Enterprise IT Watch Blog

Feb 26 2016   10:18AM GMT

The robotic throttling of information overload

Michael Tidmarsh Michael Tidmarsh Profile: Michael Tidmarsh

Machine learning

Machine learning image via Shutterstock

By James Kobielus (@jameskobielus)

People will increasingly have to learn how to collaborate with robots in unprecedented situations. And I’m not referring to some “Star Wars” scenario where R2D2 is all that stands between Luke Skywalker and interstellar annihilation.

Machine learning is increasingly powering search-and-rescue scenarios in which intelligent machines—such as drones—team with human agencies, such as the military and police. In the previous sentence, I used the active voice—“team with”—rather than the passive “are controlled by” to signify the fact that the robotic agents will increasingly be capable of autonomous or semi-autonomous capabilities.

This distinction will be increasingly important in emergency response situations in which events unfold too fast for human controllers to make the right decision, but in which the machines might—based on sensor-driven real-time and predictive algorithms—act first to save lives or nip potential catastrophes in the bud. There might even be scenarios where the robots take action first while delaying the communication of selective pieces of information from human team members, or even withhold it entirely, when there’s a significant risk that the people in question might inadvertently jeopardize the desired outcome by misinterpreting or misapplying the information.

What I’ve just sketched out is a human-machine communication scenario that popped into my mind as I read this recent article on an MIT research project that’s applying algorithmic approaches for reducing communications overload in human-robot emergency response teams. Essentially, it uses machine learning to identify when it’s best for rescue robots to suppress some of the chatter they communicate to human collaborators, on the grounds that these communications not only pose a cost on the machines themselves (processing, memory, bandwidth) but also might drown the humans involved in so much informational noise that they’ll have trouble identifying the gist of what they need to do.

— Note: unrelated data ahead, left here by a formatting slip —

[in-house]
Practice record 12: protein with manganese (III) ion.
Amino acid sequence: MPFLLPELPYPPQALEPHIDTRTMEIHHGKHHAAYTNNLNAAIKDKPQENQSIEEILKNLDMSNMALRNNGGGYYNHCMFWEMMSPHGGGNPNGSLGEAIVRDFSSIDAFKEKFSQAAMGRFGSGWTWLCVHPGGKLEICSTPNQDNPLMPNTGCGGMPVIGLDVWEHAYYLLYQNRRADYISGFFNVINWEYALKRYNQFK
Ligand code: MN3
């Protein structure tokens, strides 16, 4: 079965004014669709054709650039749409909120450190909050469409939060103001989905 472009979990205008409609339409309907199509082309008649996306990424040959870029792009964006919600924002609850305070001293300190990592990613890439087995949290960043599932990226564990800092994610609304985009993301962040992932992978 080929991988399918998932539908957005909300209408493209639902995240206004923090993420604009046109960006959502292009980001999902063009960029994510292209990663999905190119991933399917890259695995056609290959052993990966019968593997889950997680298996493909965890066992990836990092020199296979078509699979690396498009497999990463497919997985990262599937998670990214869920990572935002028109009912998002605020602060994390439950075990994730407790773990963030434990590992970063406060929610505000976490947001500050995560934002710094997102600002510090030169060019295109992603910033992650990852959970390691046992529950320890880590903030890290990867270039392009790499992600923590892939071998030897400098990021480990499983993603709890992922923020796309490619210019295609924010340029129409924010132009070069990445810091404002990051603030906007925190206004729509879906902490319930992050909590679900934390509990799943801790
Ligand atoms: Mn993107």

In other words, it’s a project that’s developing approaches under which robots might need to operationally divulge information to humans on a “need to know” basis, or, conversely, withhold information. Though the team-effectiveness rationale for this makes perfect sense, it raises an uncomfortable question: In scenarios where robots are using the “need to know” criterion to algorithmically throttle the information they provide to humans, will we ever be able to trust them entirely? Even though their algorithmic hearts may not be lying to us, is their failure to be entirely candid and transparent in all circumstances a trust-killer?

Humans, of course, also engage in “need to know” communication throttling under similar circumstances. But that doesn’t always destroy the mutual trust that’s essential to team effectiveness. Recognizing this, the researchers have used machine learning to find communication-throttling patterns within 100 percent human teams engaging in equivalent (albeit virtual) rescue missions. They will use the results to build the interaction logic that guides robots in these same scenarios.

But the fact that some robots will be capable of autonomous operation means that they will have the power, under pre-programmed circumstances, to act first, perhaps without asking for explicit permission, and then explain their actions later. What that will mean operationally is that we’re creating a world where, under some emergency circumstances, our robotic team members may briefly have more knowledge than we do about what’s going on, even though we’ve programmed them for total candor.

There may simply be no time for them to explain or ask permission when lives are hanging in the balance. And if they had to wait for us to comprehend the urgency of the situation, those lives may be lost.

We will need to trust them to do the right thing and then report back to us when the situation has stabilized.

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